Faculty

Stephen Anway

Squire Patton Boggs

Stephen Anway is a partner in Squire Patton Boggs’ world-ranked international arbitration group. He spends 100% of his counsel time representing clients in major international arbitrations and has acted as counsel in some 50 international arbitration proceedings brought under more than 10 different investment treaties, free-trade agreements and the Energy Charter Treaty.  Each spring, Mr. Anway teaches a 13-week doctrinal course on international arbitration at Case Western Reserve University School of Law, where he serves as an Adjunct Professor of Law.  

 

Mr. Anway specializes in both investment treaty arbitration and international commercial arbitration.  His investment-treaty arbitration experience includes representing the Czech Republic in three major cases in 2009, 2012, and 2013 (each worth approximately $100 million).  The Czech Republic fully defeated the claims in each of them.  More recently, he acted as counsel for Slovakia in the precedent-setting case, Achmea B.V. v. The Slovak Republic, Final Award dated 20 May 2014, in which Slovakia fully defeated the foreign investor’s claims under the Dutch-Slovak Bilateral Investment Treaty and was awarded its costs and legal fees.

 

Mr. Anway also specializes in high-stakes natural gas price review arbitrations.  In 2013, he acted as counsel in an International Chamber of Commerce (ICC) arbitration in which his client won more than $395 million.  That award followed another ICC decision in August 2012, which awarded his client $580 million.  Mr. Anway was also counsel for the winning party in two different UNCITRAL awards worth over $1 billion—one in 2005 and one in 2008.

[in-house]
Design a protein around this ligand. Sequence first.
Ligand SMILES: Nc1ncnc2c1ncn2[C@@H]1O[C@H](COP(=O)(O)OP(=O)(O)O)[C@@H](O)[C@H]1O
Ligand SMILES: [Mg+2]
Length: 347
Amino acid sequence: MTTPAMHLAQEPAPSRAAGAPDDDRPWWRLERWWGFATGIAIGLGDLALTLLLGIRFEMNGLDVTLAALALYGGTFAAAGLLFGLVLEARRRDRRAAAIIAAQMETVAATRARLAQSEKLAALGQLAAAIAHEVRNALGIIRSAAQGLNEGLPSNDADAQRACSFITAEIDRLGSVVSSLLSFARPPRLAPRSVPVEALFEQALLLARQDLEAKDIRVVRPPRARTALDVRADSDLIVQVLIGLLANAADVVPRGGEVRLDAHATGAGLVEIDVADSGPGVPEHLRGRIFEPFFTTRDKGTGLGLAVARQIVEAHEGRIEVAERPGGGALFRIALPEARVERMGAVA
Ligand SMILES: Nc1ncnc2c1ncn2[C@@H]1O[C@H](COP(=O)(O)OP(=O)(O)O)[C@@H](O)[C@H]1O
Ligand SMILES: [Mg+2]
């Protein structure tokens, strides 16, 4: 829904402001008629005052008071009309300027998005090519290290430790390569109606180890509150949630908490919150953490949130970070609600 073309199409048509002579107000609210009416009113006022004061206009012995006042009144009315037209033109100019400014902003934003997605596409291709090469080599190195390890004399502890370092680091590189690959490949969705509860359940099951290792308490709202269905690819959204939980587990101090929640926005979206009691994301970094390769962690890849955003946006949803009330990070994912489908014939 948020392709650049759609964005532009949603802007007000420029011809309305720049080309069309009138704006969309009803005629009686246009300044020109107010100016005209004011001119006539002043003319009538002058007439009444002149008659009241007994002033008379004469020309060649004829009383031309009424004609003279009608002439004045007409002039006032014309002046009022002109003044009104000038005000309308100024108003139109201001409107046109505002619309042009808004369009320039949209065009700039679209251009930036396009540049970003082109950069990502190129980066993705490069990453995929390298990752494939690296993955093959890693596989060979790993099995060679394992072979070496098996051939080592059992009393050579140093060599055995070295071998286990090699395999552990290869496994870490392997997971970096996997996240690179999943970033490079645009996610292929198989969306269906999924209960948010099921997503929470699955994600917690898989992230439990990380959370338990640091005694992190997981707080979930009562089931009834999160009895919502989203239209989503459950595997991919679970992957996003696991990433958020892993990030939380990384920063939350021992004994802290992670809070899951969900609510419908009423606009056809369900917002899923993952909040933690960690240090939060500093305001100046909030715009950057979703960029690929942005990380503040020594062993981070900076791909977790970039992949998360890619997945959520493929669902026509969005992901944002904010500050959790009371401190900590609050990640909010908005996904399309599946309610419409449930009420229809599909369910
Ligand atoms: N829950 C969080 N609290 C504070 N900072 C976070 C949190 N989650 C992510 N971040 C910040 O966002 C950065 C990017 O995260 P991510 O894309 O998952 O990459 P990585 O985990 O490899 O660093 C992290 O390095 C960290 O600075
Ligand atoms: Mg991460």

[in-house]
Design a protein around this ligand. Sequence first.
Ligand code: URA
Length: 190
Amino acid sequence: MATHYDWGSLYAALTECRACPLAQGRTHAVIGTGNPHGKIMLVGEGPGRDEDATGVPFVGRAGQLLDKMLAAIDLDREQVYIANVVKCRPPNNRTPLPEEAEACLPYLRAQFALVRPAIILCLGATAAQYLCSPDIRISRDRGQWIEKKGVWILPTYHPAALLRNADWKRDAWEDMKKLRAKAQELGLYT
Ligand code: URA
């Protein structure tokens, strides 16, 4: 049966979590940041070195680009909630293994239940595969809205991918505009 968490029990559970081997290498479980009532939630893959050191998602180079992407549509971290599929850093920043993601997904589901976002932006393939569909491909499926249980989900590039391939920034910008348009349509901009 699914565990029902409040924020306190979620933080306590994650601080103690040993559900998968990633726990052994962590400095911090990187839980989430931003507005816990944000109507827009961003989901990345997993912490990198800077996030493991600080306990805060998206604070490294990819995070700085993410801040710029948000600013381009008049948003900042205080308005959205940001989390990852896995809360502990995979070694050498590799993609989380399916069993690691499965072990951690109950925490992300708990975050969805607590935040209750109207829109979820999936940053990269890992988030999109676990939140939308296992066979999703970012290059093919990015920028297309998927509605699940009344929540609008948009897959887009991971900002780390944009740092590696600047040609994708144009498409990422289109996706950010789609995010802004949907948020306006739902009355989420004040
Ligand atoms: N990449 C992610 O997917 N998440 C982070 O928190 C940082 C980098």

Mr. Anway is the exclusive recipient of the 2014 Client Choice Award from the International Law Office (ILO) for the “Arbitration” category in New York.  In June 2013, The American Lawyer Arbitration Scorecard published its list of the 20 Largest Commercial Arbitration Awards ever captured by the publication (dating back to 2001), and Mr. Anway represented the winning party in three of them.

Reviews

PH
Paul H.

good three part program

LA
L. Obii A.

This course was very well presented. I enjoyed all three parts.

VG
Varun G.

Another excellent seminar.

PD
paul d.

best ive seen on lawline

JR
Jenik R.

as I have said before for other lectures, he sets the standard. He is excellent.

KP
Keith P.

Excellent course

SW
Steven W.

Prof. Anway uses a law-school-like case study and analysis approach to the subject he presents, and he is very good at it.

RM
Robert M.

Nice explanation of the difference in each jurisdiction and why.

PW
peter w.

great content and presentation

JK
Jonathan K.

this is a very important topic, and the speaker really knows his stuff

PS
Patrick S.

All 3 of these courses were very good.

JM
James M.

Speaker does a very good job.

RR
Rebecca R.

This is probably the best Lawline class I have taken so far.

JK
Jane K.

Excellent clear presentation. Thank you.

FP
Frank P.

Enjoyed this overview of international arbitration. I was involved in an international arbitration years ago and this was a good refresher.

AS
Alan S.

Excellent. Mr. Anway did not "hold-back" as many practioners seem to do. And, he did not try to cover too much, so that the topic was completely covered. Thank you. I will now listen to alll of his ohter courses even though I have completed my CLE requ

PM
Pamela M.

The entire three part series is excellent. Highly recommended.

PM
Peter M.

superb